The Drive-by Truckers and the Southern Rock Opera


Part of TGRI Goes Country Week at TGRIOnline.com.

I’ll admit it. The idea of a country music week on TGRIOnline took the form that many ideas on this site do: entirely out of left field, counter-zeitgeist, yet totally necessary. We’re all music snobs to some degree, and if you answer “what type of music do you listen to?” with “everything… but classical/rap/country,” that’s a deal-breaker. So, with my musical depth of country music knowledge in the shallow end of the pool, I decided to let a band that understands country music to do the heavy lifting.

The Drive-By Truckers released The Southern Rock Opera on September 12, 2001, when Ground Zero was still an open-wound on the American psyche. Ironically, the album’s dramatic arc focuses on a plane crash that happened nearly 25 years earlier: the October 20, 1977 crash of Lynyrd Skynyrd‘s charter in Gillsburg , Mississippi. The album is a meditation on Southern history, culture, mythology and music: a meta concept album very much of the 2000s but heavily rooted in the generations preceding it.

The Truckers are based in Athens, Georgia, but most of its members hail from Muscle Shoals, Alabama, a place where some truly classic soul, R&B, and country rock music was made. The Shoals even show up in “Sweet Home Alabama:” “Muscle Shoals has got The Swampers, and they’ve been known to pick a song or two.” And since band leader Patterson Hood is the son of Swamper bassist David Hood, the Alabama-Skynyrd -Truckers connection is deeper than any concept record gimmick. Call them alt-country, call them southern-rock, but the Drive-by Truckers haven’t just lived the Southern, country music experience – they’re a part of it.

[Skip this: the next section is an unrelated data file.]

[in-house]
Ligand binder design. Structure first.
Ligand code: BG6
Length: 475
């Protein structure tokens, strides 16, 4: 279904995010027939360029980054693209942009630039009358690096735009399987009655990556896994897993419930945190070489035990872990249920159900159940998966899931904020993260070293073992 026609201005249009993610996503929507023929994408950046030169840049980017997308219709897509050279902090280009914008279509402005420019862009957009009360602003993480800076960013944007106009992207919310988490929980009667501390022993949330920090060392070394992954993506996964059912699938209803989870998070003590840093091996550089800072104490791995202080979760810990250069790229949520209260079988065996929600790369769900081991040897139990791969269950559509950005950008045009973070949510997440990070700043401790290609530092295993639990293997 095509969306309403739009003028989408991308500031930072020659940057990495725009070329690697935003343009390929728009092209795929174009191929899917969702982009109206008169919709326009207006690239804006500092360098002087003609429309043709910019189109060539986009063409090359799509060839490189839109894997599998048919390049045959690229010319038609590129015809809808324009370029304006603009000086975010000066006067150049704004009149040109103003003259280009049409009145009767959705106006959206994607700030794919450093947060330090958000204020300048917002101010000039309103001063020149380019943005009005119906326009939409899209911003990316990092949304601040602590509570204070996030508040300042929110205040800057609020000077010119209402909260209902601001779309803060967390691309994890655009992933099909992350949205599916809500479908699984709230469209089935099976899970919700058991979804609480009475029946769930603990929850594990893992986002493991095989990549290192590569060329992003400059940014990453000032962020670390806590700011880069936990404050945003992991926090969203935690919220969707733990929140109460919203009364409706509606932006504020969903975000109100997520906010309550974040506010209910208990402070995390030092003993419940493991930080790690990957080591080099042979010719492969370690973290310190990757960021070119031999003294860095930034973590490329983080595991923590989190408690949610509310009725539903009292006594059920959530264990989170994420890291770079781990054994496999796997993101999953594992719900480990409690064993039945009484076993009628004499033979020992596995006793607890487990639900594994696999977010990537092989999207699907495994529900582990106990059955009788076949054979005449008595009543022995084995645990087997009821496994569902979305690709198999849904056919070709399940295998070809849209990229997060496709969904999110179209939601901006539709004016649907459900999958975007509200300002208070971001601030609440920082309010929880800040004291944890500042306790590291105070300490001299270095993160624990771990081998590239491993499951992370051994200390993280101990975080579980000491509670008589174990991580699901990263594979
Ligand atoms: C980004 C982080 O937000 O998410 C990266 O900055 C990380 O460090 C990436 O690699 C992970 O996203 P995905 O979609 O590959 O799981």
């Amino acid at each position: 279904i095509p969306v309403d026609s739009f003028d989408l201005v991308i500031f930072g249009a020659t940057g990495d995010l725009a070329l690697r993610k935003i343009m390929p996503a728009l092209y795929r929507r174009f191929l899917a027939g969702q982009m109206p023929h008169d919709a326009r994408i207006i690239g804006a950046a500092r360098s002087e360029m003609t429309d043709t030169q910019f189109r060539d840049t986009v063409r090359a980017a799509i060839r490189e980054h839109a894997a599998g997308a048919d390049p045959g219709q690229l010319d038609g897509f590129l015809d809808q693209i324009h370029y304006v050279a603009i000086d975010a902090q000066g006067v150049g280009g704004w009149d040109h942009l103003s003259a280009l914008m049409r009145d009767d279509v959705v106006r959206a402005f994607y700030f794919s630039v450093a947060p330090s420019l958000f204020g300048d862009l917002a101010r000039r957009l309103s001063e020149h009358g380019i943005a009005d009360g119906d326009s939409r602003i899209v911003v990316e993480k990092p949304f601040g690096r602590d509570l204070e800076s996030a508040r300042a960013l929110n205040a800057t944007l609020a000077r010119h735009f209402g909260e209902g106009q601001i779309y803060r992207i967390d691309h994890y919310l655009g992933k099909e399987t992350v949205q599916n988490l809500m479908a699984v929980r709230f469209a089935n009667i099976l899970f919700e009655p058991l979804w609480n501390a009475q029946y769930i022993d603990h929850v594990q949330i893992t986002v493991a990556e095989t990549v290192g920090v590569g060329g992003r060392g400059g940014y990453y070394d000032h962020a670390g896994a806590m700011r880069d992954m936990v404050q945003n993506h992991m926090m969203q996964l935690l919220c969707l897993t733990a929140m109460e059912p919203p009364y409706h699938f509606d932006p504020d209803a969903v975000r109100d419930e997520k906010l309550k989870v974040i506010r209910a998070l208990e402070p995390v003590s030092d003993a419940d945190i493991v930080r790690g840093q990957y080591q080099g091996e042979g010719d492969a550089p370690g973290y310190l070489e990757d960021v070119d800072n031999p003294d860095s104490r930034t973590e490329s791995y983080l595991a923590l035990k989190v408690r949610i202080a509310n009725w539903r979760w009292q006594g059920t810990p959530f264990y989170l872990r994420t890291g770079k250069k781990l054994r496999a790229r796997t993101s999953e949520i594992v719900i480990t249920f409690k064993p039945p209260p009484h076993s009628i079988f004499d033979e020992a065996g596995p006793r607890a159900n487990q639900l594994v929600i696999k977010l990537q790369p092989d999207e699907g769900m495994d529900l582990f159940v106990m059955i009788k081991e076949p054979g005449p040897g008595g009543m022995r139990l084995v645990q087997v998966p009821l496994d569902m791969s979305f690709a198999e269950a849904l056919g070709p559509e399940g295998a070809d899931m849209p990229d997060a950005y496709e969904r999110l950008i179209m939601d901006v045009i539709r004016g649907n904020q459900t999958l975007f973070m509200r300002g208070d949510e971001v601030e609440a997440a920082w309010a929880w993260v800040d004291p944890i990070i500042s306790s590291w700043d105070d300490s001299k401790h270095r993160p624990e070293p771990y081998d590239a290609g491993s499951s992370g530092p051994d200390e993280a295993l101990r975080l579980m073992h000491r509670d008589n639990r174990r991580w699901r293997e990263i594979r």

Like many great concept albums, The Southern Rock Opera tells a familiar story: the rise-and-fall of a band called Betamax Guillotine (a stand-in for Skynyrd), formed through Hood’s life experiences. Act I is about a Southern kid growing up in Alabama, trying to reconcile his love of the South and Southern rock with the ghosts of the South. In Act II, the kid grows up and gets to be like the rock stars he idolized, with the same bad decisions and tragic consequences.

The music is a modern take on the Skynyrd tradition: a three-guitar attack that lays down crunchy riffs and soaring solos. Hood’s vocals have the gravelly, whiskey-washed tone of classic country, not the pop-twang of anything on CMT . And when he’s not singing, Hood’s spoken words literally narrate the story. The lyrics hit the traditional cultural touchstones: hard living and hard drinking, joy riding with loose women. But the greater story is an honest look at class and poverty that informs the Southern experience, laid out as the “duality of the Southern Thing:” the pride and shame of a region (and country) still feeling the repercussions of centuries of racism. “The Southern Thing” is Southern Rock Opera’s “Another Brick in the Wall,” paying tribute to rock operas past, and can be summed up in one lyric: “To the fucking rich man all poor people look the same.”

If Lynyrd Skynyrd / Betamax Guillotine are the heroes of the opera, the villain is George Wallace, Alabama’s governor for life who will forever be known for his work for the segregationist cause. Wallace’s eponymous song is a bluesy number, narrated by the Devil (a fellow Southerner, according to Hood), who welcomes him to Hell, not for his political record, but for his blind ambition and for being a pawn for most of his life. Hood knows that racism will forever be associated with the South because of men like Wallace; for this, he cannot be forgiven.

The album is filled with musical and lyrical references to the greats of the arena rock era, before it got silly and bloated and turned into cock rock and hair metal. “Ronnie and Neil” explores the controversy between Ronnie Van Zant and Neil Young (another look into the duality of the South). And while the narrator never saw Lynyrd Skynyrd , he saw .38 Special, AC/DC, Molly Hatchet, Ozzie Osbourne (with Randi Rhodes), and dropped acid at a Blue Oyster Cult show. A life both saved and doomed by rock and roll.

The final three songs of Act II, “Shut Up and Get On the Plane,” “Greenville to Baton Rouge,” and “Angels and Fuselage” find Betamax Guillotine following the path of their idols to the logical conclusion. When life is “dirty needles and cheap cocaine / some gal’s old man with a gun,” death is a cold bitch right around the corner, and there’s no use fighting it. So as the engines start failing, our narrator can only think of “smoking by the gym door, practicing my rock-star attitude,” and how for a Southern man, your dreams can only take you so far.

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